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i have the following homework problem:

Find the determinant of X(s):

X(s) = [s, 1, 1, 1], [1, s, 1, 1], [1, 1, s, 1], [1, 1, 1, s]

I know i can exploit the fact that the product of the diagonal gives me the determinant if the matrix is upper, lower or both triangular- but i don't know how i can turn it into a triangular?

If i try regular row operations, i get: X(s) = [s, 1, 1, 1], [0, s-1, 1, 1], [0, 0, s-1, 1], [1-s, 0, 0, s-1]

This is by first subtracting R1 from R2-4, and then subtracting R4 from R2-3. But i can't get any further, how do i solve this?

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marked as duplicate by Dietrich Burde, Misha Lavrov, GNUSupporter 8964民主女神 地下教會, Cesareo, YiFan Feb 10 at 1:20

This question has been asked before and already has an answer. If those answers do not fully address your question, please ask a new question.

  • $\begingroup$ What, are you serious? I'm just starting out with linear algebra and the answers in those "duplicates" are WAY above my head $\endgroup$ – melbil Jan 30 at 19:53
  • $\begingroup$ Come on, this one is really elementary. Just what you need. You started like this yourself, so it is not "way above your head", I think.Please search before posting. $\endgroup$ – Dietrich Burde Jan 30 at 19:54
  • $\begingroup$ I think your problem is that you don't know how to properly apply the Gaussian elimination algorithm to get your matrix into an upper triangle form. Also see $(\mathrm{D}5)$ and $(\mathrm{D}6)$ of my answer to this question. I also don't know how much you already know, but using the LaPlace Expansion can be really helpful in this case $\endgroup$ – user635162 Jan 30 at 19:55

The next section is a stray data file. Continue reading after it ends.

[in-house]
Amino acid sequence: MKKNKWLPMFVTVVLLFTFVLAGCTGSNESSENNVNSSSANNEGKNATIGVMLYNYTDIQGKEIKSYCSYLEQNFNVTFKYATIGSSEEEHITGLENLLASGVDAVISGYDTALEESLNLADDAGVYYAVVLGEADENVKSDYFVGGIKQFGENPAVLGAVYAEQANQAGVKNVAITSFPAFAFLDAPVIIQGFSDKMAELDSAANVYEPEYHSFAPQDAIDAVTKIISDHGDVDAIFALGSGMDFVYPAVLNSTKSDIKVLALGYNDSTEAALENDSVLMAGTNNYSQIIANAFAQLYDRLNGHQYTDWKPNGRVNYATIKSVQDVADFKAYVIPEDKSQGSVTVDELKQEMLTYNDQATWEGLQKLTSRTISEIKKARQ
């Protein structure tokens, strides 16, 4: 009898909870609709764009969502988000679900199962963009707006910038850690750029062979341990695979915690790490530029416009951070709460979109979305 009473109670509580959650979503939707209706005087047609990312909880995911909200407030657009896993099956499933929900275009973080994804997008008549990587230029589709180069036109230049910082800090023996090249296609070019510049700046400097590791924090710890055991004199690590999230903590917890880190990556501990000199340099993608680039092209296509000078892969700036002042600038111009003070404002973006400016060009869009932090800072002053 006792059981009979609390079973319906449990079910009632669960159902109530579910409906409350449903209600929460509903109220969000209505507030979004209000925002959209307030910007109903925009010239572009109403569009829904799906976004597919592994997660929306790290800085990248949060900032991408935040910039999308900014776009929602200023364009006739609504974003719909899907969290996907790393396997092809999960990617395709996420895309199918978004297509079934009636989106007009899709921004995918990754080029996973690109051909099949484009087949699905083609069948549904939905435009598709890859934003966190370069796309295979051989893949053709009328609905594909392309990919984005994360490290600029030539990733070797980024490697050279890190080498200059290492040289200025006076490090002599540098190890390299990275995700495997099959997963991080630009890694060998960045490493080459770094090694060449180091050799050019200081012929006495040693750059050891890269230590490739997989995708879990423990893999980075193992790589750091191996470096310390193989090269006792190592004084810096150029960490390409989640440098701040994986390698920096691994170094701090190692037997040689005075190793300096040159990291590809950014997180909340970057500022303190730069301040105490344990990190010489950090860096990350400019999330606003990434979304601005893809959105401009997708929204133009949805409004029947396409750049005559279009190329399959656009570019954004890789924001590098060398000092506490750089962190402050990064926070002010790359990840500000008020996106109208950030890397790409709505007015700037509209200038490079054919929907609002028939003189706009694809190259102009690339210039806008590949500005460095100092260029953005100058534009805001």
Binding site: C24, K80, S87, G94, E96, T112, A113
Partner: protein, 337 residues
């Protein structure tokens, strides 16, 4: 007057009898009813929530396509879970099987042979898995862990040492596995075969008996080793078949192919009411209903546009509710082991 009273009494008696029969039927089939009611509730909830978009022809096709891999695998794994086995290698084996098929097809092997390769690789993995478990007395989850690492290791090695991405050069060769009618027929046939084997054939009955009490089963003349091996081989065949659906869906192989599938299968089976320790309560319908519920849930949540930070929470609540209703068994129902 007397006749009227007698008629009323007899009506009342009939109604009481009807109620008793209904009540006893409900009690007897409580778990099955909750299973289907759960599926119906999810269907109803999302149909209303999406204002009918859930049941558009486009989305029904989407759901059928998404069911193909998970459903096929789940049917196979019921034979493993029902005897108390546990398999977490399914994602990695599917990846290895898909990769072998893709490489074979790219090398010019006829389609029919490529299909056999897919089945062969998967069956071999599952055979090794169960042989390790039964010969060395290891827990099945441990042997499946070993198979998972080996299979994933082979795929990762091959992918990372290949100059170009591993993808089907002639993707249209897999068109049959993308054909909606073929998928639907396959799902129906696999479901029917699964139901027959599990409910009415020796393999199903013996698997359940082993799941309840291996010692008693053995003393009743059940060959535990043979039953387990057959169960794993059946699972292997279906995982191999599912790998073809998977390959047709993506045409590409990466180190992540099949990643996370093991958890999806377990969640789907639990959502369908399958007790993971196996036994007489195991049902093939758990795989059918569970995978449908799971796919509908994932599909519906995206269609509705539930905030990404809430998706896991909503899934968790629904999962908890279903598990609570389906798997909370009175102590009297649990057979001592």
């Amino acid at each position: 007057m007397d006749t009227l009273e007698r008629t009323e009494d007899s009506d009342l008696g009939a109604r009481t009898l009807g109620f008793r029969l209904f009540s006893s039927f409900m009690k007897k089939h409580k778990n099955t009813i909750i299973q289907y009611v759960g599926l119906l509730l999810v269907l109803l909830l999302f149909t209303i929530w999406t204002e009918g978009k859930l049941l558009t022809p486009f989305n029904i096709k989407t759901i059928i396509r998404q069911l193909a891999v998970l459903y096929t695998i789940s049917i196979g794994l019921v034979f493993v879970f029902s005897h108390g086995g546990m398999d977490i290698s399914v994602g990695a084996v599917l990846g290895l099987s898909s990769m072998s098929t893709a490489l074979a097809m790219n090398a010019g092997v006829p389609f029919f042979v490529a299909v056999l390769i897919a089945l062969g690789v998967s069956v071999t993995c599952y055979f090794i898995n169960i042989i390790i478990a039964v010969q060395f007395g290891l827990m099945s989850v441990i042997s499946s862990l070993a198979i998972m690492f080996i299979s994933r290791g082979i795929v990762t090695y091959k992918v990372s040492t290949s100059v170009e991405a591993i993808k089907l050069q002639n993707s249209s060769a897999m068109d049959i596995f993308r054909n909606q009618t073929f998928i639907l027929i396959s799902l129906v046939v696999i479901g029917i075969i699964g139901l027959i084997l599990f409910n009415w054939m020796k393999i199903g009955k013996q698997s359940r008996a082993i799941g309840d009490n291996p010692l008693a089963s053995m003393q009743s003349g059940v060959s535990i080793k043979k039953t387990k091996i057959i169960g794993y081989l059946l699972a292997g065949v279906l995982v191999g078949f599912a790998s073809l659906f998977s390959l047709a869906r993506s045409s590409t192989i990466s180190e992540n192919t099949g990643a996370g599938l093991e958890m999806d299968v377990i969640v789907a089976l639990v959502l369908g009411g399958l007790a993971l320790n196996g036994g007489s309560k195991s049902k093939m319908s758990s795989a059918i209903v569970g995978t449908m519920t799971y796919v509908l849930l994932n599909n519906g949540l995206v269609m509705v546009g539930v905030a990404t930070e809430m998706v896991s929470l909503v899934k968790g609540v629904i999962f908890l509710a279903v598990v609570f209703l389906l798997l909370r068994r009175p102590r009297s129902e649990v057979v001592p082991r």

• $\begingroup$ @melbil Please on this site, never use offending terms like "are you serious ?" The link that Dietrich Burde has given you, especially its solution by "Paul" is very understandable (juste take $a=s$ and $b=1$). $\endgroup$ – Jean Marie Jan 30 at 20:06
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Here's something simple: first exploit linearity of the determinant w.r.t. rows: $$ D=\begin{vmatrix} s&1&1&1\\1&s&1&1\\1&1&s&1\\1&1&1&s \end{vmatrix}= \begin{vmatrix} s-1&0&0&1-s\\0&s-1&0&1-s\\0&0&s-1&1-s\\1&1&1&s \end{vmatrix}= (s-1)^3 \begin{vmatrix} 1&0&0&-1\\0&1&0&-1\\0&0&1&-1\\1&1&1&s \end{vmatrix}$$ Next expand by the first row: $$D=(s-1)^3\left(1\cdot\begin{vmatrix} 1&0&-1\\ 0&1&-1\\1 &1&s \end{vmatrix}-(-1) \begin{vmatrix} 0&1&0\\0&0&1\\1&1&1 \end{vmatrix}\,\right)$$ Now the two $3\times3$ determinants are: \begin{align} &\begin{vmatrix} 1&0&-1\\ 0&1&-1\\1 &1&s \end{vmatrix}=\begin{vmatrix} 1&0&0\\ 0&1&0\\1 &1&s+2 \end{vmatrix}=s+2\\[1ex] &\begin{vmatrix} 0&1&0\\0&0&1\\1&1&1 \end{vmatrix}=1\qquad\text{(expanding by the first column)} \end{align} and ultimately, we obtain $$D=(s-1)^3(s+3).$$

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  • $\begingroup$ Thank you very much for taking the time to explain that. $\endgroup$ – melbil Jan 30 at 21:37
  • $\begingroup$ You still have to find out what linear combinations were done ;o) $\endgroup$ – Bernard Jan 30 at 21:39

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